Apple has long been committed to Supplier Responsiblity; ensuring that all of the companies in its supply chain, from the mines that produce the raw minerals to the factories that assemble its iPhones, are held to the highest standards for human rights, environmental stewardship, and ethical and responsible business practices. To emphasize the company’s efforts in this area, it releases a Supplier Responsiblity Progress Report annually, outlining its commitments to “people and the planet” and highlighting the steps its taken year over year to improve in these areas.
While the main progress reports are designed as an overview for the public, Apple also regularly files other more detailed reports for investors with the Securities and Exchange Commission (SEC). Among these is its Conflict Minerals Report, a specialized disclosure that relates to its suppliers for raw materials coming from areas of the world in which there are ongoing conflicts.
Concerns around such “conflict minerals” include the possibility that the purchase of them may fund warfare and other belligerent behaviour within those areas of the world, along with the presence of a much higher risk of human rights abuses such as the use of child labor in the mines and other facilities where these minerals are extracted and processed.
The Conflict Minerals Report naturally reiterates Apple’s commitment to responsible sourcing, but it also provides a solid example of the company “putting its money where its mouth is” with a zero-tolerance policy for suppliers that don’t abide by its strict policies on human rights. Apple explains in the report how it requires routine audits of all of its smelter and refiners in identified conflict or high-risk areas by “an independent third-party conflict minerals audit program.”
Specifically, the report notes that it audits production of columbite-tantalite (coltan), cassiterite, gold, wolframite, and their derivatives, which include tantalum, tin, and tungsten. In the process of conducting these audits, Apple identified five smelters and refiners who were either unwilling to participate in the audit, or “did not otherwise meet Apple’s requirements on the responsible sourcing of minerals.” Of the other 253 smelters and refiners of the listed materials, Apple reported that it found no reasonable evidence that any of them source any of the listed materials “that directly or indirectly finance or benefit armed groups.”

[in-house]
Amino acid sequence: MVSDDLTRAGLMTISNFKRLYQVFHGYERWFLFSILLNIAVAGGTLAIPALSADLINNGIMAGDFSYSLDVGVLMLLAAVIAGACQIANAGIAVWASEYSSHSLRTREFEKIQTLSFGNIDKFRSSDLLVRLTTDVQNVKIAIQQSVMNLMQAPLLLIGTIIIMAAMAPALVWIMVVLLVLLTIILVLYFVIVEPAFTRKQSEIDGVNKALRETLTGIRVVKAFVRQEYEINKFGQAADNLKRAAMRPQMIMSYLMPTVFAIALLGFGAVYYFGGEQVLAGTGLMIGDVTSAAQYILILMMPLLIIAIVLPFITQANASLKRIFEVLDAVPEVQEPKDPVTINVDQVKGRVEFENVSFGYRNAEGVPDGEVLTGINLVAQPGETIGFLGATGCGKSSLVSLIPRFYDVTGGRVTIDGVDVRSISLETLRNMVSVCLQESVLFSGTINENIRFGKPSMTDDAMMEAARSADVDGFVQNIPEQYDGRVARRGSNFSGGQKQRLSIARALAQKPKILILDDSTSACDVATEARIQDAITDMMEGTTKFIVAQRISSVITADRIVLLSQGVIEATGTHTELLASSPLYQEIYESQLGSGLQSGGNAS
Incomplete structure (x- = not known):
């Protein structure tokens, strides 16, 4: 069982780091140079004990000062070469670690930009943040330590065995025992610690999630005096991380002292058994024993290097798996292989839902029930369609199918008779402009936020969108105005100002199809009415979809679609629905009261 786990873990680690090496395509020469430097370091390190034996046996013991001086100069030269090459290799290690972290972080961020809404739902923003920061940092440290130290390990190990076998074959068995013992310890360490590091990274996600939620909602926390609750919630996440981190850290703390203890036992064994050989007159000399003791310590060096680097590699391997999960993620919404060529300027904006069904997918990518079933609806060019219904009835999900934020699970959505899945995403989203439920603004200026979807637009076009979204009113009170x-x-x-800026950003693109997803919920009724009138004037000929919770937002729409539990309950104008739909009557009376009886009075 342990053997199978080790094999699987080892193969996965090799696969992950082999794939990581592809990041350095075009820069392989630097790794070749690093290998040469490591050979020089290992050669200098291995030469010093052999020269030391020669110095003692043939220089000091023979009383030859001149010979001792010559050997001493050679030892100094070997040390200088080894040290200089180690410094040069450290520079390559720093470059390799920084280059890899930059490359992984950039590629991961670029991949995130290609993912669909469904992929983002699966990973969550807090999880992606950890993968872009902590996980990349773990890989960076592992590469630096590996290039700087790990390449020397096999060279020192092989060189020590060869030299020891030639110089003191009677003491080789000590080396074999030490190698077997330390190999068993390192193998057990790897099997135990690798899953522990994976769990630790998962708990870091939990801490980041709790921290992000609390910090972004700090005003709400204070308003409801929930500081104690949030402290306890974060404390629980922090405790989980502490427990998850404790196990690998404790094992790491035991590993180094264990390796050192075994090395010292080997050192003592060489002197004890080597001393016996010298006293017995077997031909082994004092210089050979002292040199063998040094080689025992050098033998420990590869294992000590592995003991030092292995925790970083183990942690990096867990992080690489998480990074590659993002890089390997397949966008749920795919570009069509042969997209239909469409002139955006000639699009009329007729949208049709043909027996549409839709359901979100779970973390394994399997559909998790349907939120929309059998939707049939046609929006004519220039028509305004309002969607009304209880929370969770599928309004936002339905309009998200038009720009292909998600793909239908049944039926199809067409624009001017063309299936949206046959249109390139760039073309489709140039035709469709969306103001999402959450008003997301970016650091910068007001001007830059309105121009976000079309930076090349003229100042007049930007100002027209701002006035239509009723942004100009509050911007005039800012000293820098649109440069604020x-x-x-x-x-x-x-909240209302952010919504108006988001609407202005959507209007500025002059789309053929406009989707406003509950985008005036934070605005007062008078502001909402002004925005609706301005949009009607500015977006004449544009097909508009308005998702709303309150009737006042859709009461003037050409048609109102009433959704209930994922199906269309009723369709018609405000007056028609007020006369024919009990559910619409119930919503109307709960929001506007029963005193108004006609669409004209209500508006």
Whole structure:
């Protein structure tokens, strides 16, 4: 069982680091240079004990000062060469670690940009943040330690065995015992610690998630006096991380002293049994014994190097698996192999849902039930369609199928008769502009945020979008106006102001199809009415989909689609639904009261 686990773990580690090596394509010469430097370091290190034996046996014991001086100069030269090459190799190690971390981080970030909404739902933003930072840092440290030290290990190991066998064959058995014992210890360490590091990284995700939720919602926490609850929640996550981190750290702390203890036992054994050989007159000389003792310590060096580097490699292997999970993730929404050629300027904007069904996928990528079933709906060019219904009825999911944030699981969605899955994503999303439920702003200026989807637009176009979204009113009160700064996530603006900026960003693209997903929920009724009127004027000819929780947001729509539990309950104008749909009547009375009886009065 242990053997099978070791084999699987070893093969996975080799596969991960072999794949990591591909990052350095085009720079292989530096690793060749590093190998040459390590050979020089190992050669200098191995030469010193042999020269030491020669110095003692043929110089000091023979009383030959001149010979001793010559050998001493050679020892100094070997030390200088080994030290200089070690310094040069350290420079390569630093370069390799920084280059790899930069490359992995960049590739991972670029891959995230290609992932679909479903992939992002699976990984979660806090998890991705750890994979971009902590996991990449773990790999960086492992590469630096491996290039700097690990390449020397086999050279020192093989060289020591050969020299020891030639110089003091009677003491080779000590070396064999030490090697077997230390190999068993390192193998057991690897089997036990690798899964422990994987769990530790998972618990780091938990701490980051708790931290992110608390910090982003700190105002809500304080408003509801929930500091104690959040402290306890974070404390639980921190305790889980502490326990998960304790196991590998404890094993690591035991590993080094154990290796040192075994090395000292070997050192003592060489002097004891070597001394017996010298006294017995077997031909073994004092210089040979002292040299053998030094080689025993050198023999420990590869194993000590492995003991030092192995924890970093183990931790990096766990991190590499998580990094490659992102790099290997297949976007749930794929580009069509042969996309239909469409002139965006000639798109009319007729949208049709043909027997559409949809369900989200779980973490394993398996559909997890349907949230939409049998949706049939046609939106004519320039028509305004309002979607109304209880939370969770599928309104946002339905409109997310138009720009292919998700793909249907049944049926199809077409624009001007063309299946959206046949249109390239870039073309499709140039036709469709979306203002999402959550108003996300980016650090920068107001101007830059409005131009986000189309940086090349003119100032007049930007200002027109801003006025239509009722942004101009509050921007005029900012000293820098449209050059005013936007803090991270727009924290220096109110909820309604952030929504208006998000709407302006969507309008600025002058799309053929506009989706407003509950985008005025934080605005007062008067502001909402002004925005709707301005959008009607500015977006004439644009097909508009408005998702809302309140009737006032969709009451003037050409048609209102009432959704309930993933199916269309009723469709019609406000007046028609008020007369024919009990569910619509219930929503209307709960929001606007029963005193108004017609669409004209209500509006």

Apple is committed to going beyond the minimum requirements in order to meet and exceed internationally accepted due diligence standards and protect people in its supply chain, with the ultimate goal of improving conditions on the ground in the Democratic Republic of the Congo and adjoining countries.Apple’s 2018 Conflict Minerals Report
In the report, Apple outlines all of its efforts to ensure responsible sourcing standards for materials, and that all of its supply chain members are conforming to a strict Supplier Code of Conduct. The company also notes that it has designed its programs to conform to the five-step framework established by the Organisation for Economic Co-operation and Development (OECD) for exercising due diligence in sourcing minerals from conflict-affected and high-risk areas.
The five-step framework includes strong company management systems, identifying and assessing risks in the supply chain, having a strategy to respond to identified risks, conducting third-party independent audits, and reporting on all of its findings and requirements. In each of these areas, Apple outlines not only how it complies with the necessary requirements and due diligence, but also offers examples of ways in which it goes beyond the minimum standards, such as working directly with other industry and government stakeholders, empowering individuals in the mining communities to speak up about human rights abuses and funding human rights activists in these areas, investigating public allegations, and maintaining a “whistleblower” channel for anybody to send in anonymous complaints of abuses and non-compliance issues.
While Apple doesn’t specifically identify the suppliers that were terminated or the reasons why, the company does outline high-risk incidents identified and closed from its preceding 2017 report, noting seven incidents that were specifically identified as potential links between Apple’s supply chain and armed groups such as the police and the army in in the Democratic Republic of the Congo. Apple also highlighted eight more potential incidents in 2018, three of which were resolved while five still remain under investigation. In most cases, the incidents have involved corruption, bribery, and other criminal activity, rather than direct offences by suppliers themselves, and resolutions have included retraining of soldiers and police on appropriate security and human rights practices, and local exporters agreeing to cease any payments to armed conflict groups.
With hundreds of millions of iPhones and other devices produced by Apple each year, the company has one of the largest supply chains in the world, requiring resources from a huge range of sources worldwide, and employing millions of people across all of the facilities from mining to manufacturing to assembly. The need for certain materials that can only be extracted from specific countries creates unique challenges in this case, and while there will always be suppliers that try to skirt Apple’s codes of conduct, Apple remains firmly committed to focusing its resources on ensuring responsibility and ethical practices from all parts of its supply chain.